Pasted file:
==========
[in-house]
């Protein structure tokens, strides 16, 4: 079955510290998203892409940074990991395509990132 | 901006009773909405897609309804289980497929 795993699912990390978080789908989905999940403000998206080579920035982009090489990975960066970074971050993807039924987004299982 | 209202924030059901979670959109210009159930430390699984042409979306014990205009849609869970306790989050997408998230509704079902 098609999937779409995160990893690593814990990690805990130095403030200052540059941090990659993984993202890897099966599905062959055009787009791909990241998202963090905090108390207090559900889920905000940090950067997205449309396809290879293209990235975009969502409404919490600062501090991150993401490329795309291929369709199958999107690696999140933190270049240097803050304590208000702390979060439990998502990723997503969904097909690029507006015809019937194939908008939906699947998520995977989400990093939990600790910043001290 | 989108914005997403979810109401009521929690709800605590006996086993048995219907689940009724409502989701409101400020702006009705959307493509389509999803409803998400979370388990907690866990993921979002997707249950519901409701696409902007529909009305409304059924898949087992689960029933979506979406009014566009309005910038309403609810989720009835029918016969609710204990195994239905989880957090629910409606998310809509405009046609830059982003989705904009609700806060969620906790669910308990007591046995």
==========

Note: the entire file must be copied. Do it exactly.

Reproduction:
[in-house]
């Protein structure tokens, strides 16, 4: 079955510290998203892409940074990991395509990132 | 901006009773909405897609309804289980497929 795993699912990390978080789908989905999940403000998206080579920035982009090489990975960066970074971050993807039924987004299982 | 209202924030059901979670959109210009159930430390699984042409979306014990205009849609869970306790989050997408998230509704079902 098609999937779409995160990893690593814990990690805990130095403030200052540059941090990659993984993202890897099966599905062959055009787009791909990241998202963090905090108390207090559900889920905000940090950067997205449309396809290879293209990235975009969502409404919490600062501090991150993401490329795309291929369709199958999107690696999140933190270049240097803050304590208000702390979060439990998502990723997503969904097909690029507006015809019937194939908008939906699947998520995977989400990093939990600790910043001290 | 989108914005997403979810109401009521929690709800605590006996086993048995219907689940009724409502989701409101400020702006009705959307493509389509999803409803998400979370388990907690866990993921979002997707249950519901409701696409902007529909009305409304059924898949087992689960029933979506979406009014566009309005910038309403609810989720009835029918016969609710204990195994239905989880957090629910409606998310809509405009046609830059982003989705904009609700806060969620906790669910308990007591046995």